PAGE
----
Smith fights but England on top
England XI 1 for 22 trail Australia A 230 (O'Keefe 66, Smith 59, Tremlett 4-54, Shahzad 3-57) by 208 runs
Scorecard and ball-by-ball details
Australia's plans for the first Ashes Test are in a mess after a woeful day on which eight specialist batsmen in their Test squad failed in three matches around the country. Steven Smith was one of only two men in the 17-man group for the Gabba who shone with the bat, making 59 against England's second-string attack in Hobart, but he is unlikely to make the starting line-up next Thursday.
Smith and his fellow spin-bowling allrounder Steve O'Keefe rebuilt Australia A's innings at Bellerive Oval, where they pushed the total to 230 with some lower-order fighting. England lost Andrew Strauss early in the reply for 10, caught by O'Keefe at gully off Mark Cameron, and at stumps they were 1 for 22 with Alastair Cook on 10 and the nightwatchman Monty Panesar on 2.
Most significant was the failure of Usman Khawaja and Callum Ferguson, who were named in the squad for the Gabba Test but struggled on a green-top under cloudy skies. They were not alone. At the MCG, Michael Hussey was caught at slip by his brother David for an 18-ball duck, and his Western Australia team-mate Marcus North also departed cheaply for 17, but Mitchell Johnson finished unbeaten on 82.
Further north in Sydney, Simon Katich, Shane Watson and Brad Haddin all failed to get past 10, as New South Wales were demolished by Tasmania in their first innings for 97 on a horribly difficult SCG surface. When Tasmania replied, Ricky Ponting came in for the third ball of the innings and managed only 7. Michael Clarke must be thankful that his sore back ruled him out of that match.
It was the worst possible warm-up for Australia's batsmen eight days out from the first Test, especially as the selectors wanted to use these games to settle on a starting line-up. Hussey is the most vulnerable, but neither Khawaja nor Ferguson grasped their opportunities at Bellerive Oval, where it took Smith and O'Keefe to rebuild with half-centuries.
England sent their frontline bowlers to Brisbane early to prepare for the Test, but the weakened attack had no trouble causing problems for the top order in helpful conditions. Chris Tremlett finished with 4 for 54 and Ajmal Shahzad, who was flown in from the performance squad to bolster the group, bowled very well for his 3 for 57.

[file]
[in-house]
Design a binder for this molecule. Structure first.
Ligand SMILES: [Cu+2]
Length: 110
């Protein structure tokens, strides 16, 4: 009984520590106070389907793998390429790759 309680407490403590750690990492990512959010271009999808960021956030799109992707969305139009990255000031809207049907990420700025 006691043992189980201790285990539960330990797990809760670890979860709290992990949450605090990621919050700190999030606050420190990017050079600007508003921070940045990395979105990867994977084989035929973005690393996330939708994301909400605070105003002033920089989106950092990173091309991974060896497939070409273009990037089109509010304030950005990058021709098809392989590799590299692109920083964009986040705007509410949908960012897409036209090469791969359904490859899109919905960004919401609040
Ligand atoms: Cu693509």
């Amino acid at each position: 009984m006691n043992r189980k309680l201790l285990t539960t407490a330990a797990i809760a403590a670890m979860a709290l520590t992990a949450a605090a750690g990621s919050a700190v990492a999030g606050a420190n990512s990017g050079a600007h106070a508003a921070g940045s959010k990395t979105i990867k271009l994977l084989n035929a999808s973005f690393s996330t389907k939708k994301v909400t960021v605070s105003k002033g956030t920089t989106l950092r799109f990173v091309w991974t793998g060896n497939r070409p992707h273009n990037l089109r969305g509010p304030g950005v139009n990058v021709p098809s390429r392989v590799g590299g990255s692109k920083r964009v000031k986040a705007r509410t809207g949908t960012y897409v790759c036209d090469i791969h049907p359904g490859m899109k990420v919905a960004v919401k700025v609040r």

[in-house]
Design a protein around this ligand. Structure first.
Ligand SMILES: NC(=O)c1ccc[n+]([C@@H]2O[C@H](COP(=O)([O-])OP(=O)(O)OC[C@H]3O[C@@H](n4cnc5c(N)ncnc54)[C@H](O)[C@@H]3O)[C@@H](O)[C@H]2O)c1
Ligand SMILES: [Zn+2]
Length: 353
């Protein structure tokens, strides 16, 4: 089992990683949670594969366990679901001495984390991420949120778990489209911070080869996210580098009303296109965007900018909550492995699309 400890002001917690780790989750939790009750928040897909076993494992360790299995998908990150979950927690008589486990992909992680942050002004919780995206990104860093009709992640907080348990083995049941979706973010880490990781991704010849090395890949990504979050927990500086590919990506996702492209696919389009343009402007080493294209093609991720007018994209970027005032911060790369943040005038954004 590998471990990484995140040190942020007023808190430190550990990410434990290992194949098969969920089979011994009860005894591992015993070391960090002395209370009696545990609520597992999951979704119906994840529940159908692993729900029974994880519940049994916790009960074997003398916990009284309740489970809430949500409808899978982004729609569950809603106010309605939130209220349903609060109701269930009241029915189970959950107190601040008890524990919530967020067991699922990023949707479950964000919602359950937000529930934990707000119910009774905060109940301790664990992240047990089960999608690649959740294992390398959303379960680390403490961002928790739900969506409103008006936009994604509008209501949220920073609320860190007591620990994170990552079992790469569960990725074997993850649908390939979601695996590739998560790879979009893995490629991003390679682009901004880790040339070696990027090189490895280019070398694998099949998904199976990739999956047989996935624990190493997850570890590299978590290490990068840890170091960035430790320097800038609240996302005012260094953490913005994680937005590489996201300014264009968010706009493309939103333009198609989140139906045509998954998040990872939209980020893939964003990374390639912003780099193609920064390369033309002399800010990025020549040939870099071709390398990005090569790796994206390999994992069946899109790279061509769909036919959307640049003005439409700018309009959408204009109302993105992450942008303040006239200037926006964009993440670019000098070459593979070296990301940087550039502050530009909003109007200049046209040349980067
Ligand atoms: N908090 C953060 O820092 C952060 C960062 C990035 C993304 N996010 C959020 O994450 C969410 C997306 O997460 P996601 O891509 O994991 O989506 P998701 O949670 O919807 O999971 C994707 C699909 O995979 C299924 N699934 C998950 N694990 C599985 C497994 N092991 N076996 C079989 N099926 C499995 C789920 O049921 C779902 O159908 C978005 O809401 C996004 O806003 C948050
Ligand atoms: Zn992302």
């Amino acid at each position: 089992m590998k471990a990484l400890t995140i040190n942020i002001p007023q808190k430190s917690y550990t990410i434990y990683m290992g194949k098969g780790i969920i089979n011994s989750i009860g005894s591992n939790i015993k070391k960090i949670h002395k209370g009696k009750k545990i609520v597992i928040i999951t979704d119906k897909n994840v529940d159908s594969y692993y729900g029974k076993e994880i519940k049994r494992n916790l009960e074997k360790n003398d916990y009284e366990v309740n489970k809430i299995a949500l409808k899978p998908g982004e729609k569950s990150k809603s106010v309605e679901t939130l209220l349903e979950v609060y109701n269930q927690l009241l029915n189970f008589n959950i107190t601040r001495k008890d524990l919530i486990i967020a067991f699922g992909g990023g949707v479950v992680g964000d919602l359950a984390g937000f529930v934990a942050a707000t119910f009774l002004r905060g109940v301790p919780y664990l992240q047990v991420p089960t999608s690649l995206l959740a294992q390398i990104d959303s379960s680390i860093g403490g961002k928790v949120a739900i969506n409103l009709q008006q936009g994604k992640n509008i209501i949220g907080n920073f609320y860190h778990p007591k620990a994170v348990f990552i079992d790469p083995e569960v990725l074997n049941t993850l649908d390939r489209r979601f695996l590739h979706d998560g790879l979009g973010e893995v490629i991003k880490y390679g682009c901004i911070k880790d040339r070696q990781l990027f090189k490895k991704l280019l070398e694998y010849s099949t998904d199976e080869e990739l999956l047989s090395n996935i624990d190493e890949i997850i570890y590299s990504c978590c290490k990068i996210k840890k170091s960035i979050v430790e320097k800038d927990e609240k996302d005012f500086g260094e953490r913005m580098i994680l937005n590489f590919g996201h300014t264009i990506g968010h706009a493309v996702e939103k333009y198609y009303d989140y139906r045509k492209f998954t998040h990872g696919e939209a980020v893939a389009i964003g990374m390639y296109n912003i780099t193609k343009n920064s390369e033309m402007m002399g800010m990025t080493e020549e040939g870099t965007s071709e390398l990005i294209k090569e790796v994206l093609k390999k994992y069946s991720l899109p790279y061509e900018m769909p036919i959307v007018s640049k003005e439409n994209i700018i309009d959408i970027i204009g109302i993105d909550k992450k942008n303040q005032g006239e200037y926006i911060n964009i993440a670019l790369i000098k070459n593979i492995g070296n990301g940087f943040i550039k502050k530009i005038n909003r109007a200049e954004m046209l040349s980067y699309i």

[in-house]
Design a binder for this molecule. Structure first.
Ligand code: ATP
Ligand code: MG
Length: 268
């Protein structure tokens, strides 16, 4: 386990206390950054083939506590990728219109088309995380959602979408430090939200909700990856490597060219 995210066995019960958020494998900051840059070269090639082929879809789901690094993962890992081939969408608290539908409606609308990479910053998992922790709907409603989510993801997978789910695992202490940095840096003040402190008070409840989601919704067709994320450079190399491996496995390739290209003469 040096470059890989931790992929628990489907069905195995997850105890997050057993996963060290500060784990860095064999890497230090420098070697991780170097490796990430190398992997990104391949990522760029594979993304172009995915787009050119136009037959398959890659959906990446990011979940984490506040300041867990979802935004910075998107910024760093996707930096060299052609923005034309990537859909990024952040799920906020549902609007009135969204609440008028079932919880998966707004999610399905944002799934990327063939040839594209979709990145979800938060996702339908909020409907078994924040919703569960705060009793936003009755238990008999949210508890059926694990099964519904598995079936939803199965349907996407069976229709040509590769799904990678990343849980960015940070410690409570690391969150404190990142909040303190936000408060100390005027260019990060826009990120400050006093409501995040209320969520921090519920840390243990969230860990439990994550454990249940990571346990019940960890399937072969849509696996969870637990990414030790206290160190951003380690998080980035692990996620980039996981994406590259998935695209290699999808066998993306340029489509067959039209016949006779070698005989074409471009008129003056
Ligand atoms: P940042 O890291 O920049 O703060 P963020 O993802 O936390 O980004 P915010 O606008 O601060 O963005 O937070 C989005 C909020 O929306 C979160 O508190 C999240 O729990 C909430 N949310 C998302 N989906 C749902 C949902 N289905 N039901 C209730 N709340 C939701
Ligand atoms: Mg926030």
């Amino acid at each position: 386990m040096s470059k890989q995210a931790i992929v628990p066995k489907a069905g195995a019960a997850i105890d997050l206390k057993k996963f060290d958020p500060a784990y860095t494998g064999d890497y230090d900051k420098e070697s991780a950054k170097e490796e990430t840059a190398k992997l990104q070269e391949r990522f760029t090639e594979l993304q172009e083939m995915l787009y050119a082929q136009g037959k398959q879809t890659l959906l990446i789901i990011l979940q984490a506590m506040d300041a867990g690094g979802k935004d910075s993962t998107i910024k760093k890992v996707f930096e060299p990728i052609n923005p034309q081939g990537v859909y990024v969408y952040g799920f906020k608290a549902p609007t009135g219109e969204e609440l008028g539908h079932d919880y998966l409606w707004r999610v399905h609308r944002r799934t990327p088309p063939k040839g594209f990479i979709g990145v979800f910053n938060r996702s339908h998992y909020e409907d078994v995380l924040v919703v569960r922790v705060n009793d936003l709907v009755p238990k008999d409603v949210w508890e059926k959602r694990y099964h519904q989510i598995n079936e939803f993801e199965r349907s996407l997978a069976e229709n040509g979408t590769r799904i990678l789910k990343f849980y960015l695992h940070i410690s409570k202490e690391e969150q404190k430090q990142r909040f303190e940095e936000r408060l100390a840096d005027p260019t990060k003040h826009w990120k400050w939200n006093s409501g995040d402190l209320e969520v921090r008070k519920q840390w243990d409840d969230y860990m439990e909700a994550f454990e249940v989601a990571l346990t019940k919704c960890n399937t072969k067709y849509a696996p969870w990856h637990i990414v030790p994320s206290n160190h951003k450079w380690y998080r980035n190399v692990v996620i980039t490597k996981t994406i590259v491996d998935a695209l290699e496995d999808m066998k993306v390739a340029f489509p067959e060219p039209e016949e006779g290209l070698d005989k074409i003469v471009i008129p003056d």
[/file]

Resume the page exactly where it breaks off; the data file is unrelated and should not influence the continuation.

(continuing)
Khawaja was caught behind for 13 off a thin edge when Shahzad's persistent fullish length and angle finally paid off, and Ferguson followed soon afterwards for 7. He was caught behind off Tim Bresnan (2 for 65), and soon the home team was struggling at 5 for 66. Smith and Tim Paine (27) began the rebuilding process until Paine edged behind while trying to hook Tremlett down leg side.
But Smith, renowned as a dasher, continued to play sensibly with just the occasional moment of aggression thrown in to satisfy his urges. A hook for six off Bresnan looked more like a forehand smash, and he also pulled confidently in front of square. Smith eventually played on to Shahzad, but O'Keefe pushed on to get the total past 200.
O'Keefe was the last man out, caught by Matt Prior when he skied a swipe against Tremlett, and it was a decent recovery given Australia A's early wobbles. Tremlett backed Andrew Strauss's decision to send the hosts in by having Phillip Hughes caught behind for 2 in the third over. Tremlett also accounted for Cameron White, who was bowled for 5 attempting an aggressive drive.
The only man who looked comfortable early in the challenging conditions was the local opener Ed Cowan, who worked hard for 31, only to see the improbable sight of Monty Panesar hurling himself in the air to take a stunning one-handed catch at midwicket. When Panesar pulls that off, you know it's not your day. And nor was it Australia's day anywhere around the nation.
Brydon Coverdale is an assistant editor at Cricinfo